Ready, Set, Upgrade

A used jet buyer should have a good understanding of how his or her aircraft will be utilized. Time should be spent thinking about where the aircraft will fly geographically, how many hours it will fly annually, and finally, under which part of federal regulations the aircraft will be flown. As mentioned earlier, nothing in aviation is cheap and avionics upgrades are no exception. When we make plans to modernize a flight deck, we start with prioritization efforts that maximize the benefits of avionics retrofitting against the associated costs. Consider the following examples which illustrate differences in how one might prioritize avionics upgrades:

Personal Use Jets

Older jets purchased for personal use vary widely in size and range capabilities. If the aircraft is an owner-flown single pilot jet, then updating automation components and displays is a wise place to begin. Workload reduction tools and instrument displays greatly impact the safety of owner-flown jets and are justifiably the first components worth looking at for potential replacement. Older autopilots can be “clunky” and difficult to use while modern systems are simpler to use, requiring fewer user inputs. Old display screens are limited in how much information can be displayed conspicuously to the pilot which requires attention to be divided further across an instrument panel than necessary for safe single pilot operations. Personal use jets flown by a full-time flight crew, on the other hand, can be upgraded with a completely different set of priorities. Updating tools like onboard weather radar or adding enhancements like infrared cameras help professional flight crews operate safely in challenging weather environments commonly avoided by owner-flown aircraft where lack of pilot proficiency would present safety concerns.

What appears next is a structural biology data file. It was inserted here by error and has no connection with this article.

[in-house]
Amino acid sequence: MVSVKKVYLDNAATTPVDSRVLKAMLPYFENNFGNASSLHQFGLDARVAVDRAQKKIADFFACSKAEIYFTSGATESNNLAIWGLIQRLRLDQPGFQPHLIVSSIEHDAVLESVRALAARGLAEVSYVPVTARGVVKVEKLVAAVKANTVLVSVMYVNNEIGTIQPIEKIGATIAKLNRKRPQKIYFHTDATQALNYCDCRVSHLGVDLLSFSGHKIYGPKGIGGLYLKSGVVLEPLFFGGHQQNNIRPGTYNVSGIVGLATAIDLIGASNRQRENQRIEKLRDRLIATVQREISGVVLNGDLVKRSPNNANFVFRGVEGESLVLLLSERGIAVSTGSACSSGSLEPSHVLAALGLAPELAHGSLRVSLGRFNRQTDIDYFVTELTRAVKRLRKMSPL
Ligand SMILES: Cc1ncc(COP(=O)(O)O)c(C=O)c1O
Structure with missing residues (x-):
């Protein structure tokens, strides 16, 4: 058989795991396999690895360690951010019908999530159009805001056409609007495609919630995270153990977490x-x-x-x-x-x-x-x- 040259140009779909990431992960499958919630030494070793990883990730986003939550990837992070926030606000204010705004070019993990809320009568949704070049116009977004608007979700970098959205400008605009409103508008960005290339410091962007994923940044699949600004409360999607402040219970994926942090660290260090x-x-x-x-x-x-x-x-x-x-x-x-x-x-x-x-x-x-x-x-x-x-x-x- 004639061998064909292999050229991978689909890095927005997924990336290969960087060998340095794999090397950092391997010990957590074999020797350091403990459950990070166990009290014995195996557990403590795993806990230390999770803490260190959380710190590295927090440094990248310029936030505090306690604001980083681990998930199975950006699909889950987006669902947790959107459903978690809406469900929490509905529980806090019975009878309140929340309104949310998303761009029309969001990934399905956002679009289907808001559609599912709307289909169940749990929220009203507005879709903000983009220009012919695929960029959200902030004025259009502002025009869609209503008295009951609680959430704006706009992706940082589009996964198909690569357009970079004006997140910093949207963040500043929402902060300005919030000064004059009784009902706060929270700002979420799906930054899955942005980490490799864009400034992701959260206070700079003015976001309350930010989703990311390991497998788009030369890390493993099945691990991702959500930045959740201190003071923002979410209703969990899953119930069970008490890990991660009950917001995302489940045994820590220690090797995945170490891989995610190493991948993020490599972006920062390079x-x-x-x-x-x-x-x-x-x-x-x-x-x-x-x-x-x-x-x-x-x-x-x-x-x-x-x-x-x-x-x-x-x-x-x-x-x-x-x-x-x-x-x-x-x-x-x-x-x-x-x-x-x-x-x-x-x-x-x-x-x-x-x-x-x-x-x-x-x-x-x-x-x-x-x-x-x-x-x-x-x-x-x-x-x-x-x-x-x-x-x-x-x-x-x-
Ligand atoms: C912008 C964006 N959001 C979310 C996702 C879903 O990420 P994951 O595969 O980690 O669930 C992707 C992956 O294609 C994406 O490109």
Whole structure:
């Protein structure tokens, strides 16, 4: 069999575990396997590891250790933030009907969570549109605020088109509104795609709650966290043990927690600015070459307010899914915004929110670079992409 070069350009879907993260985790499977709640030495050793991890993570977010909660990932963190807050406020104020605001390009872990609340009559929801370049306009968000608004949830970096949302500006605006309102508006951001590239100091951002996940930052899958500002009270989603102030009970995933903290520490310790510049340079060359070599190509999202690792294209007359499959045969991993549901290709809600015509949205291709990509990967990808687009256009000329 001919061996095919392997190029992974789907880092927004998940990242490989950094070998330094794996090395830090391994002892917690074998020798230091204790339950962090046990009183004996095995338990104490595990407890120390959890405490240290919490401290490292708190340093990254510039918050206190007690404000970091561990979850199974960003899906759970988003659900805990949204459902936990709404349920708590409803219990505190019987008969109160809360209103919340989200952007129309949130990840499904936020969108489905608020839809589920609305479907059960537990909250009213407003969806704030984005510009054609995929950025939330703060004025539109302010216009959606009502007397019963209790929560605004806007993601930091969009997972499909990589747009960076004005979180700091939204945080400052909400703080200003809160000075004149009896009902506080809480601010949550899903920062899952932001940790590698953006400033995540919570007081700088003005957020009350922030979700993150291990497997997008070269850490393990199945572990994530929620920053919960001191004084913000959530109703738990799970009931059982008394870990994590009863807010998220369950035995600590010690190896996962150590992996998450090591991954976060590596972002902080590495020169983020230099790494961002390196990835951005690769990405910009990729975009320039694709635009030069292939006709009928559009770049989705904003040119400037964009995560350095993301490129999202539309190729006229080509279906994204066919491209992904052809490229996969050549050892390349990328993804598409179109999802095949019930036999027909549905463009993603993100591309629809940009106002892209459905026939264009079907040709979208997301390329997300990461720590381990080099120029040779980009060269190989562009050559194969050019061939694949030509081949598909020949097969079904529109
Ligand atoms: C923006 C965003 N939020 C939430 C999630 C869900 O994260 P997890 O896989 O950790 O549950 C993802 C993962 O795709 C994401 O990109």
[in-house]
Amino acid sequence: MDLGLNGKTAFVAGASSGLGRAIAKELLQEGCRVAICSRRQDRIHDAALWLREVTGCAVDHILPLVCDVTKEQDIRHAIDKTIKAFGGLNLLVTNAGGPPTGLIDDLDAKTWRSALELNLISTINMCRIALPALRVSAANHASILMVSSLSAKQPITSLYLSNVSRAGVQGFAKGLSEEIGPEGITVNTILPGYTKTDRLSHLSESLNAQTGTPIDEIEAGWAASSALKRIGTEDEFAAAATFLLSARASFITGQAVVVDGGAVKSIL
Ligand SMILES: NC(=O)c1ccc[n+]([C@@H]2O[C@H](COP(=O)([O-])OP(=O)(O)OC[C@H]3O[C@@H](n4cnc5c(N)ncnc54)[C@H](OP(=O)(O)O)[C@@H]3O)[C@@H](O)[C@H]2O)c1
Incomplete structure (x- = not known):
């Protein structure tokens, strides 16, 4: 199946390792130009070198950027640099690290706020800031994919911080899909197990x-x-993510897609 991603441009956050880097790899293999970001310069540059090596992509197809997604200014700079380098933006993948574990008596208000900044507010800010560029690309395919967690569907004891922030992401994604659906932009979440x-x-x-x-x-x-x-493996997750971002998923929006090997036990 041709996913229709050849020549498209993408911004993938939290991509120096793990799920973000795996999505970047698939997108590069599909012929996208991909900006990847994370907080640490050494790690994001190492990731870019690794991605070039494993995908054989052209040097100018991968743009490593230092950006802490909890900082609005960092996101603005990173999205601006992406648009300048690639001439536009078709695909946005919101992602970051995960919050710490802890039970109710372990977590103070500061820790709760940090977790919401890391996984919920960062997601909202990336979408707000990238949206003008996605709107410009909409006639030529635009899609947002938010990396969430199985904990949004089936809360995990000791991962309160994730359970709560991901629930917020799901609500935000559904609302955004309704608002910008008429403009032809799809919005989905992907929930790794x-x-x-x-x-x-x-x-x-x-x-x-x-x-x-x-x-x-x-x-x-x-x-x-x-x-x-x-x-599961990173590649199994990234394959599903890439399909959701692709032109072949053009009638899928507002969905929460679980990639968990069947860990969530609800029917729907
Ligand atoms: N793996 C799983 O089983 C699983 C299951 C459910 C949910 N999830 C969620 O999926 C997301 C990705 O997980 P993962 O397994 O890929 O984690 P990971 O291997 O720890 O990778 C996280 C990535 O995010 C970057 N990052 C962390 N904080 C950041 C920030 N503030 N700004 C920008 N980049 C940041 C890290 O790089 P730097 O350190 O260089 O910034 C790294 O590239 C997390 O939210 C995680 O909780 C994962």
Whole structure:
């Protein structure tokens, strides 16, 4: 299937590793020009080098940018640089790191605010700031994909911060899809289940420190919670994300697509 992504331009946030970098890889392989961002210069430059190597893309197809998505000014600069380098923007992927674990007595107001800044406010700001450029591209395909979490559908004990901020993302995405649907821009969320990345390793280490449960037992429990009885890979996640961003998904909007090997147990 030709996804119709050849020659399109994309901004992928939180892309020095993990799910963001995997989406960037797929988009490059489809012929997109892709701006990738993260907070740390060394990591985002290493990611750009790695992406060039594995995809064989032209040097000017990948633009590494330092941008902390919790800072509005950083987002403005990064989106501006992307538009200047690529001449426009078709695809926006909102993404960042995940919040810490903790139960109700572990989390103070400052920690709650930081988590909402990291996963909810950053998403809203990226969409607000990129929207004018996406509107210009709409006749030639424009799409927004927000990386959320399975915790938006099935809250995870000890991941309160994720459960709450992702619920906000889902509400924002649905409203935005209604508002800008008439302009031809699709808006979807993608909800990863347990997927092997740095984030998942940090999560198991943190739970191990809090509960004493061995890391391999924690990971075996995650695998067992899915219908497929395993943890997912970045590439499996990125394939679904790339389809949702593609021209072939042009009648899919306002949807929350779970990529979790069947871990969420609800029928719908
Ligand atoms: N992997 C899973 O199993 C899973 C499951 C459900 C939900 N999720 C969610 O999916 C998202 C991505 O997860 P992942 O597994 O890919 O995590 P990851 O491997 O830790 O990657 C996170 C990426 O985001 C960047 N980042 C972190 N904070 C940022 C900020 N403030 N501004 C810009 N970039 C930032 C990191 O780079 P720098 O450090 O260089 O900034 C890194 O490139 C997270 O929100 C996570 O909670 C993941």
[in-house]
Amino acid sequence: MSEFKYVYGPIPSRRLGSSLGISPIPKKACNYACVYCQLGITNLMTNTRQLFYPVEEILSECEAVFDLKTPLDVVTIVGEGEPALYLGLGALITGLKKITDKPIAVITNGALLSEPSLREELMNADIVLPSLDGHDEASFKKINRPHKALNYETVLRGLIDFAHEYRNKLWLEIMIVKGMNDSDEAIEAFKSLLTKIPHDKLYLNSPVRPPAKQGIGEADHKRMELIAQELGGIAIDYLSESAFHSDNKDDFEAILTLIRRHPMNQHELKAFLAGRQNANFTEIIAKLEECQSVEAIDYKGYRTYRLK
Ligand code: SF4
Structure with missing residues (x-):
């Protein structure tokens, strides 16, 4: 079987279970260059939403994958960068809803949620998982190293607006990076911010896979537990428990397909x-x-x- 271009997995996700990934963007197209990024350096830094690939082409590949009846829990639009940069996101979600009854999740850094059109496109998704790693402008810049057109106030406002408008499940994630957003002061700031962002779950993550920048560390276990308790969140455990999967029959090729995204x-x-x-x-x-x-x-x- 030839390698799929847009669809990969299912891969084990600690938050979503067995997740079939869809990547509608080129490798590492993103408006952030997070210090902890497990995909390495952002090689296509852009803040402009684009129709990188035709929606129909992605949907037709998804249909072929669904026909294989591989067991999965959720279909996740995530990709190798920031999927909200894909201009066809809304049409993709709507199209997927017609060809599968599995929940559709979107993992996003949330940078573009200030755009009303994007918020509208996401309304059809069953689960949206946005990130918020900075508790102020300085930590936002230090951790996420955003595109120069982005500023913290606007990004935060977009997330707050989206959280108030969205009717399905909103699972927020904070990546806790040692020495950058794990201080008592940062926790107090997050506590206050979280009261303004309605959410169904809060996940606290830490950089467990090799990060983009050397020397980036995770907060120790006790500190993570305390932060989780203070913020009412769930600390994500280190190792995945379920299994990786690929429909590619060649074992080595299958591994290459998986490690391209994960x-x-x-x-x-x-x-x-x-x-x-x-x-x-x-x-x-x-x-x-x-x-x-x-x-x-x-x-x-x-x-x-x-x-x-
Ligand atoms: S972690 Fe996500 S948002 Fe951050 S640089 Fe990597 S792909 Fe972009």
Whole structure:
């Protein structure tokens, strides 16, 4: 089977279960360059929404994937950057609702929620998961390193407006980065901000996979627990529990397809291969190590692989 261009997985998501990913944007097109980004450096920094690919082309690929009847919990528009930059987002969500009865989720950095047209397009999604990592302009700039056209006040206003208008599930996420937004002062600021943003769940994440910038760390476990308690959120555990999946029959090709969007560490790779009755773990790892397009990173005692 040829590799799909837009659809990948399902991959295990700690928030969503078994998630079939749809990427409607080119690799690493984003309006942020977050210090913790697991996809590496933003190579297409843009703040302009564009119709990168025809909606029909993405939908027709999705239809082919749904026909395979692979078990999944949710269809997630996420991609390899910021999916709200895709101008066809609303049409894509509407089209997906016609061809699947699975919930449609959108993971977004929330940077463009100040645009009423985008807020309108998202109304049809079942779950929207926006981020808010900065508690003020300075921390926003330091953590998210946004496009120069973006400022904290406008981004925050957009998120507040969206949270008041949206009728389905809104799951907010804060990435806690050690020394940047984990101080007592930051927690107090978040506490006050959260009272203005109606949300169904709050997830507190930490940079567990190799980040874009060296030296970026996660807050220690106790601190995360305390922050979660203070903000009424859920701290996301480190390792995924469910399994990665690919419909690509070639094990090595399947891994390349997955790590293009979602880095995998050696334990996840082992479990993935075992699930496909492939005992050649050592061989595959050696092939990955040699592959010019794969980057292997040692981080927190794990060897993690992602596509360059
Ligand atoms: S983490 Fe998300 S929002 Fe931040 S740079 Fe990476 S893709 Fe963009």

Jets Flown for Hire